R2D2 Ruling Could Sink Plan For Terminal 1 Homeless Shelter | KUOW News and Information

R2D2 Ruling Could Sink Plan For Terminal 1 Homeless Shelter

Aug 30, 2016

A state decision rejecting plans to move the Right 2 Dream Too homeless camp could also be bad news for a homeless shelter along the Willamette riverfront.

Portland leaders and developer Homer Williams want to turn industrial property at Terminal One into the state’s largest homeless shelter. But business owners along the riverfront plan to challenge that with the Oregon Land Use Board of Appeals.

Their argument: Industrial land is a scarce resource in the Portland region and must be preserved.

“We just don’t think it’s the best place to use as a homeless shelter,” said Ellen Wax, executive director of the Working Waterfront Coalition, a collection of business groups. “It’s taking away job development opportunities and opportunities for industrial businesses to locate there.”

Wax said her group would object to other nonindustrial uses of the property, which the Bureau of Environmental Services was preparing to sell before the City Council intervened with plans for a possible shelter.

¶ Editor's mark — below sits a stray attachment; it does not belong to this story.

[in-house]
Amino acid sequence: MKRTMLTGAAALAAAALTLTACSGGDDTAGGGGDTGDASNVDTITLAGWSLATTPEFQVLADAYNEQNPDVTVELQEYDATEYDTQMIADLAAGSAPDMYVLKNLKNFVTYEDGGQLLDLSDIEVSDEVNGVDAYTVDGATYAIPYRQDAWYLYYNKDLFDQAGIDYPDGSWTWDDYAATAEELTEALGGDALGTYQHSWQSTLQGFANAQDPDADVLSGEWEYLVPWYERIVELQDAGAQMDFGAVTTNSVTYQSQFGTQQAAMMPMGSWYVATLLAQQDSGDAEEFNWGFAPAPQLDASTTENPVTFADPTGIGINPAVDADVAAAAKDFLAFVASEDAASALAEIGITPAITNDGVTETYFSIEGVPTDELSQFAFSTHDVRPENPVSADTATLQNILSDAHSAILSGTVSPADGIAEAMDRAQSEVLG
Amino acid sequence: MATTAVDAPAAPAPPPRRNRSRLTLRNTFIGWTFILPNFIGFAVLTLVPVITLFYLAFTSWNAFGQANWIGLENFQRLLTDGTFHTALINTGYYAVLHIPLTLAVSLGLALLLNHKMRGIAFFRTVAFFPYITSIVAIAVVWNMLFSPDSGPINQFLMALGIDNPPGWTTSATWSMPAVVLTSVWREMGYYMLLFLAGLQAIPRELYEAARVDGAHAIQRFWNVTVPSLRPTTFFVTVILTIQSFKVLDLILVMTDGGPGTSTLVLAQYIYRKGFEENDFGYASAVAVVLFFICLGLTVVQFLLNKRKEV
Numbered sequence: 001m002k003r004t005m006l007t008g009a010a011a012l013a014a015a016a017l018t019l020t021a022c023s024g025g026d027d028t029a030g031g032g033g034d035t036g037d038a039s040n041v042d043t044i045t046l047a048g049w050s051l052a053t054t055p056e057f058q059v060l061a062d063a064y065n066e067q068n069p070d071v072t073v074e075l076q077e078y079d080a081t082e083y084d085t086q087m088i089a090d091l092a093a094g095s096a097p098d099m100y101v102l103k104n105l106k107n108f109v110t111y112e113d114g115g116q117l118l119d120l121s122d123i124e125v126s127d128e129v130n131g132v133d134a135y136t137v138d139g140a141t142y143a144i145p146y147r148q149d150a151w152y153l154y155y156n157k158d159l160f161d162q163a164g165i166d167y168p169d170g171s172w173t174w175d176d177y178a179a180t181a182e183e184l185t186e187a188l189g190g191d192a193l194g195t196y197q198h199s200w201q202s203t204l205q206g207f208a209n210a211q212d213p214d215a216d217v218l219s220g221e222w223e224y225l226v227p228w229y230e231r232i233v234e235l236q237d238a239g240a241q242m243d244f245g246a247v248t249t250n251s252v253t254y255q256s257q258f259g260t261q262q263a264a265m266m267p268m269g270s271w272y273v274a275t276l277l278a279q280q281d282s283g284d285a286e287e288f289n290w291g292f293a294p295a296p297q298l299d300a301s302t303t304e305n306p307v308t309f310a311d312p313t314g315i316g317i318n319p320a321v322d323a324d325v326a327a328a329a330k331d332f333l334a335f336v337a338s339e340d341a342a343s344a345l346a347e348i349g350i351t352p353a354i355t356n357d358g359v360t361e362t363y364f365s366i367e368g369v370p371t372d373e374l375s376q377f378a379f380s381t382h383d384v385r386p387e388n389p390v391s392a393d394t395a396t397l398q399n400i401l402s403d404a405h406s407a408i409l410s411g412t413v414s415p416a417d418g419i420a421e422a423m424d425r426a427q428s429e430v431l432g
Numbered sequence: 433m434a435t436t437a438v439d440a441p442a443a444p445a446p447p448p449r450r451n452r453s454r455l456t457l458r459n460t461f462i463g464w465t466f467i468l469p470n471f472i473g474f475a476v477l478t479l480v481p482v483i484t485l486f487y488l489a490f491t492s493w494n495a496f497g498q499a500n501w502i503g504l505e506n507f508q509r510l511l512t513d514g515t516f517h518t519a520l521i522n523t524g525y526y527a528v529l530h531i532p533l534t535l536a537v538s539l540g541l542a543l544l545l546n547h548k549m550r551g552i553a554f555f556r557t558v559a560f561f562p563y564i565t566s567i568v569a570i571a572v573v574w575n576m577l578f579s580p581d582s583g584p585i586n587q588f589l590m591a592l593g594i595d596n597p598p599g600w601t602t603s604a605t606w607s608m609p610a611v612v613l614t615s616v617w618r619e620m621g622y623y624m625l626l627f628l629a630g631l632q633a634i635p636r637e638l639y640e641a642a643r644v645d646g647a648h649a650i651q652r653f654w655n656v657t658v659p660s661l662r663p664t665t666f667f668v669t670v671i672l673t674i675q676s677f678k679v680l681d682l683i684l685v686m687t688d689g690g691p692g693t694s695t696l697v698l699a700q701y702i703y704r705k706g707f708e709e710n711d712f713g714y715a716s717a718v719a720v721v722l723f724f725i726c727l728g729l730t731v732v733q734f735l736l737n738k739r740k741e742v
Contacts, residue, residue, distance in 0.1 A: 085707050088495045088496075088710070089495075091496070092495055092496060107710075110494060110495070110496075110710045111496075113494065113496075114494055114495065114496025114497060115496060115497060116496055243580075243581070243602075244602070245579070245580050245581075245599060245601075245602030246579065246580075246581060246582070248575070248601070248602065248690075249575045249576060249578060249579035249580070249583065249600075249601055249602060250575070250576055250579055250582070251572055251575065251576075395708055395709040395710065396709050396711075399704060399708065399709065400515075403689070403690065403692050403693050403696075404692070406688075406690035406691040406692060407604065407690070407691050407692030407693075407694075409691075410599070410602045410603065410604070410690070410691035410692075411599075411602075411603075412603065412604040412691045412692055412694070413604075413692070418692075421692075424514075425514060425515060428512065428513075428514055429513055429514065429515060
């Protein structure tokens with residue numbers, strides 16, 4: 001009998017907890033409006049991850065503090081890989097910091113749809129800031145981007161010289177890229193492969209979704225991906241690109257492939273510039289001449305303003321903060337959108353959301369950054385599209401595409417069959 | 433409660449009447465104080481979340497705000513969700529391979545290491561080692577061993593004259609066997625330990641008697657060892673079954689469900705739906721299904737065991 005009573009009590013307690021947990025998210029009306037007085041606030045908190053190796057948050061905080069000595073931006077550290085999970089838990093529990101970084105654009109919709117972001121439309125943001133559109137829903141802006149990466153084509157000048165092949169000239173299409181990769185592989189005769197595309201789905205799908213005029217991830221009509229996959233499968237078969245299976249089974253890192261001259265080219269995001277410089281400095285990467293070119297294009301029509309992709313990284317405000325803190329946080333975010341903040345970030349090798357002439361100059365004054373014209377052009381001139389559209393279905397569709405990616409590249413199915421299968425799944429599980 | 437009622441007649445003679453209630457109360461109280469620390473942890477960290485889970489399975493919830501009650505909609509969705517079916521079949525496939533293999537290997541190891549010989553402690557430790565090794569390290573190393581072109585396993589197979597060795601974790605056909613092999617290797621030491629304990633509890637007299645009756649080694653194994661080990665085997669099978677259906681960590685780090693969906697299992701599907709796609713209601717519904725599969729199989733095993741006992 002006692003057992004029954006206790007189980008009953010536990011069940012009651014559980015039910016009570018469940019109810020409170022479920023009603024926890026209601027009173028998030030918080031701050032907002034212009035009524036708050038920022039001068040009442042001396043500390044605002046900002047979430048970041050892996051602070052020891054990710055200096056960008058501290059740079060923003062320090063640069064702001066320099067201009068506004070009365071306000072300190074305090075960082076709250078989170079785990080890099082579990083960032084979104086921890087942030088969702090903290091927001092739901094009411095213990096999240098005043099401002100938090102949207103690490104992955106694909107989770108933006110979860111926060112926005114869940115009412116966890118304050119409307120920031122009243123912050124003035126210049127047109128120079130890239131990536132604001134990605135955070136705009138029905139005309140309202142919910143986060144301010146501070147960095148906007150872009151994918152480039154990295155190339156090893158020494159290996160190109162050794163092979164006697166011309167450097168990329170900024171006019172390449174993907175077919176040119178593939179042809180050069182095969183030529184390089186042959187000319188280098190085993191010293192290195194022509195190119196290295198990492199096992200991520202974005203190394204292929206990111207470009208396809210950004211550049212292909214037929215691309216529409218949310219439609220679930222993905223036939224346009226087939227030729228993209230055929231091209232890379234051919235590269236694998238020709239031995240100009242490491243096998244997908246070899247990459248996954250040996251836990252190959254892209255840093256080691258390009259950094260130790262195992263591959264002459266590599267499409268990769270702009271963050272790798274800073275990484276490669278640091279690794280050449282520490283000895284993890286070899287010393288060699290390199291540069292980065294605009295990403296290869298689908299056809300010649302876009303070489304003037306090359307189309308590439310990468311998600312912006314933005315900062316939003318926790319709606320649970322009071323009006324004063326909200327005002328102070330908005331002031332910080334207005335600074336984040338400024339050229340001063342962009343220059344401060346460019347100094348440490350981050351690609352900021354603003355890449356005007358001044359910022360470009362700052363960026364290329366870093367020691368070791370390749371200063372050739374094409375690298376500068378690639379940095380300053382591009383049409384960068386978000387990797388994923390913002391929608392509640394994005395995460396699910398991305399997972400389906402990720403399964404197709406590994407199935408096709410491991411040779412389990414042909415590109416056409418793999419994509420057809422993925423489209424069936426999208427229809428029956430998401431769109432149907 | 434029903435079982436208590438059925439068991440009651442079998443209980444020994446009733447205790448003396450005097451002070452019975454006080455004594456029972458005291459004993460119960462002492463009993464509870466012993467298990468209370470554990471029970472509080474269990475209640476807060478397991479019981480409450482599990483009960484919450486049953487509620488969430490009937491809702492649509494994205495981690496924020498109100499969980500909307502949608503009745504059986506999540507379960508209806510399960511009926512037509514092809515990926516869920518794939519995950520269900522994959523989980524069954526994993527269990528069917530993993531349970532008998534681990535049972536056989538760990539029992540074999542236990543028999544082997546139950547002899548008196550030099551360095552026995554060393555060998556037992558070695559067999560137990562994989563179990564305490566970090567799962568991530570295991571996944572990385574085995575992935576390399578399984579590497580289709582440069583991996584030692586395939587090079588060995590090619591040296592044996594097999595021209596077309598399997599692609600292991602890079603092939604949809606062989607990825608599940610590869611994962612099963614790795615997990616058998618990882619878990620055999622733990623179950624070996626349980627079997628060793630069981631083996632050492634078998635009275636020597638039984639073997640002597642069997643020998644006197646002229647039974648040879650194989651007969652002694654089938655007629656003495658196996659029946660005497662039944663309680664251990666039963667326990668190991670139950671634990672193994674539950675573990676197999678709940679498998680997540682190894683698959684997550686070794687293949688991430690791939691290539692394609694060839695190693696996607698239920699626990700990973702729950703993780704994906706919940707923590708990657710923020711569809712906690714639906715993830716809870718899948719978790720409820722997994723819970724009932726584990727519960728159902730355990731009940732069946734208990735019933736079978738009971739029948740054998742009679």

In a similar but unrelated case, the Land Use Board of Appeals ruled Tuesday that the Right 2 Dream Too camp cannot move out of downtown Portland to property near the new Tilikum Crossing bridge.

City leaders have been trying to find a new home for Right 2 Dream, now at the corner of West Burnside and Fourth Avenue, for several years. They voted earlier this year to relocate the camp to city land in the Central Eastside.

Businesses in that neighborhood objected. The Land Use Board of Appeals rejected several of their reasons for prohibiting the camp, but agreed with a big one: Right 2 Dream, though a collection of tents and tarps, still qualifies as a “mass shelter.” And city zoning rules bar those from property zoned as industrial.

The decision leaves the camp’s future in doubt. Portland leaders hoped to have it moved this fall, but they’ve struggled to find an acceptable location.

Copyright 2016 Oregon Public Broadcasting. To see more, visit Oregon Public Broadcasting.